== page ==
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Senate hits speed bump on $1.4T Republican tax package

If it is approved, it still would have to got to a conference committee to work out differences with the House bill.

Demonstrators protest against the Republican tax overhaul bill

Demonstrators protest against the Republican tax overhaul bill outside the U.S. Capitol on Thursday, Nov. 30, 2017. Credit: AP / J. Scott Applewhite

WASHINGTON — The Senate Republicans’ fast-track process for passing their tax-cut bill hit a speed bump Thursday evening when they were forced to scramble to draft new measures to address the bill’s large projected deficit to satisfy a key member.

The setback occurred after a congressional report said economic growth would cover only a third of the projected $1.4 trillion deficit, and a trigger proposed to cover that extra cost was ruled out by the Senate parliamentarian.

Sen. Bob Corker (R-Tenn.), the trigger’s sponsor, joined with Sens. Jeff Flake (R-Ariz.) and Ron Johnson (R-Wis.) in threatening to vote with Democrats to send the bill back to the Finance Committee. But after a dramatic hour of discussion on the Senate floor, all three voted with their party against that move.

As Republicans discussed other ways to cover the deficit over the next decade if the economy does not grow fast enough to cover it, Senate Majority Leader Mitch McConnell (R-Ky.) postponed the votes on motions and amendments until Friday morning.

Republican leaders worked to make certain that they have the necessary votes from their caucus to pass the bill.

The growing confidence GOP leaders expressed dimmed somewhat Thursday afternoon, after the Joint Committee on Taxation reported that economic growth would pay for less than a third of the tax cut’s $1.4 trillion deficit — not the full amount as Republicans had promised.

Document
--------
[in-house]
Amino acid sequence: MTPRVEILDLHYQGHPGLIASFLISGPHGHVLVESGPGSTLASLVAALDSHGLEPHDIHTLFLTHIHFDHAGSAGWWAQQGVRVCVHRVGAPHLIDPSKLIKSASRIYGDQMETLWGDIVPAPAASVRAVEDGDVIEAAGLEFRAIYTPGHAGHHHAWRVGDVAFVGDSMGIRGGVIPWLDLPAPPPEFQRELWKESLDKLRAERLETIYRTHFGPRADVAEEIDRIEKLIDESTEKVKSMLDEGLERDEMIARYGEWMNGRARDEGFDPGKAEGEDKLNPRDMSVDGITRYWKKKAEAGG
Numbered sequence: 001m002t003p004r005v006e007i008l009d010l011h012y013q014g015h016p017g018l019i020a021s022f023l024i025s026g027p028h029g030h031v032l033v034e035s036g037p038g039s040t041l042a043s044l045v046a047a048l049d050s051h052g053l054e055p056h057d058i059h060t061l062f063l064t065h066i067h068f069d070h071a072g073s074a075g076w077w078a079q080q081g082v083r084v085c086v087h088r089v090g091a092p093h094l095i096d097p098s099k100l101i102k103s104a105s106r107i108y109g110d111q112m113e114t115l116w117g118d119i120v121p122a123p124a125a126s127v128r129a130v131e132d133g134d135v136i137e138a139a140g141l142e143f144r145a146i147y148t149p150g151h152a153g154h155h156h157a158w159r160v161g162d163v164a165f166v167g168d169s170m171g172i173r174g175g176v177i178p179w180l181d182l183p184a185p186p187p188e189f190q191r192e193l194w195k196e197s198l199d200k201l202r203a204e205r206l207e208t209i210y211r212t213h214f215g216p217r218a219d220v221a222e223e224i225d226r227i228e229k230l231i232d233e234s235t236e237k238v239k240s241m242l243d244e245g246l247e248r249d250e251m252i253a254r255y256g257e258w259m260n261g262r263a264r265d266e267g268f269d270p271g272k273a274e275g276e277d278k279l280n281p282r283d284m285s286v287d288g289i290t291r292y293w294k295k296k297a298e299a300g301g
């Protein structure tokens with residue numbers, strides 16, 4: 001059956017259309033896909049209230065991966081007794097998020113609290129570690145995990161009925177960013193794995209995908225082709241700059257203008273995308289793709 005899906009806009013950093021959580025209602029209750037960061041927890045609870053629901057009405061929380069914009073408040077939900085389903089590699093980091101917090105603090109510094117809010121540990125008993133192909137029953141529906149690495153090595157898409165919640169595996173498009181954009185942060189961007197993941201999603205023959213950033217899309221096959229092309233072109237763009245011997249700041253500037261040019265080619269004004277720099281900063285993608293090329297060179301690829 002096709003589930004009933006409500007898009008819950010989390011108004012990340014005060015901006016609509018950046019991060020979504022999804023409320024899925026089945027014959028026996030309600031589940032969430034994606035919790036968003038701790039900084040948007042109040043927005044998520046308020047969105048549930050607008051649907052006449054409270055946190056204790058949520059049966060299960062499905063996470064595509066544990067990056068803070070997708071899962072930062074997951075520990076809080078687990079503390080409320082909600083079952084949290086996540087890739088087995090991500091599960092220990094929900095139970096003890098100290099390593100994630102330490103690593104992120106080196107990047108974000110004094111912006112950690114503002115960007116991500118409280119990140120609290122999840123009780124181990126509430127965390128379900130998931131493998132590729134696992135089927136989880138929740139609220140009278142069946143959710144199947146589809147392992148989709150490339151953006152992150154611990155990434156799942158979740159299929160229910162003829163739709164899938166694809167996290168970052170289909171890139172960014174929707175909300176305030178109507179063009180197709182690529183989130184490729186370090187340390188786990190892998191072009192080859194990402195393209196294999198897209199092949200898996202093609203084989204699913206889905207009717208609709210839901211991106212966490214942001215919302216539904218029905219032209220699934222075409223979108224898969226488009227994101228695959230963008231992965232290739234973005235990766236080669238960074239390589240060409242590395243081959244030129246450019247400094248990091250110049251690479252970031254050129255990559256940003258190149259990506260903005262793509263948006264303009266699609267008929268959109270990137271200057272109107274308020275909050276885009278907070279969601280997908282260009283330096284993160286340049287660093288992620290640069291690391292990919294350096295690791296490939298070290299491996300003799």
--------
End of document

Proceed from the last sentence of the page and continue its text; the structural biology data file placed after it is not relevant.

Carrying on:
Earlier in the day, McConnell welcomed support for the bill by Sens. John McCain of Arizona and Lisa Murkowski of Alaska, the two Republicans who joined Sen. Susan Collins (R-Maine) in sinking the Obamacare repeals earlier this year.

“We’re going down the homestretch headed toward the finish line either late tonight or early tomorrow,” said McConnell at a morning news conference. “We’re on the cusp of a great victory for the country.”

Democrats called the bill a giveaway to the rich, offered to work with Republicans on a bipartisan overhaul, and stressed the deficit created by the tax cuts. Sen. Bernie Sanders (I-Vt.) said Republicans would later demand cuts in Social Security and Medicare to cover that debt.

“The facts are now in. The Republican plan loses $1 trillion,” said Sen. Ron Wyden (D-Ore.), the top Finance Committee Democrat. “It is the total opposite of what was promised.”

Republicans are operating under a budget procedure that allows them to pass the bill with simple majority, and avoid a Democratic filibuster that requires a bipartisan 60 votes to end. But that means they can lose only two of their 52 members, with the vice president breaking the tie.

Throughout the day, the Republican majority beat back a series of motions by Democrats to send the legislation back to the Senate Finance Committee for further review, in a bid to end the Republicans’ fast-track reconciliation process.

Some Republican senators argued that the bill’s reduction of the corporate tax rate to 20 percent, from the current 35 percent, should be raised to 21 percent or 22 percent to allow other deductions that would help more lower- and middle-income families.

Collins told reporters Thursday that her vote would depend on whether the Senate majority supports four proposed amendments, including matching the House tax bill’s measure to allow filers to deduct up to $10,000 of their property taxes.

The Senate bill does not allow any deductions for state and local taxes, a deal breaker for some House Republicans, including both from Long Island.

Sens. Marco Rubio (R-Fla.) and Mike Lee (R-Utah) have an amendment that would make the child tax credit refundable, meaning that people who pay little or no taxes would actually get tax refunds. Collins proposed to make it for children and dependent adults.

If the Republican majority passes the Senate version of the tax bill, that legislation will be sent back to the House.

House Majority Leader Kevin McCarthy (R-Calif.) sent out a notice to all House members that he has scheduled a vote for Monday evening to create a conference committee to work out the differences between the Senate bill and the package the House passed on Nov. 16.

McConnell’s office confirmed that they expect to work out remaining issues in that committee.

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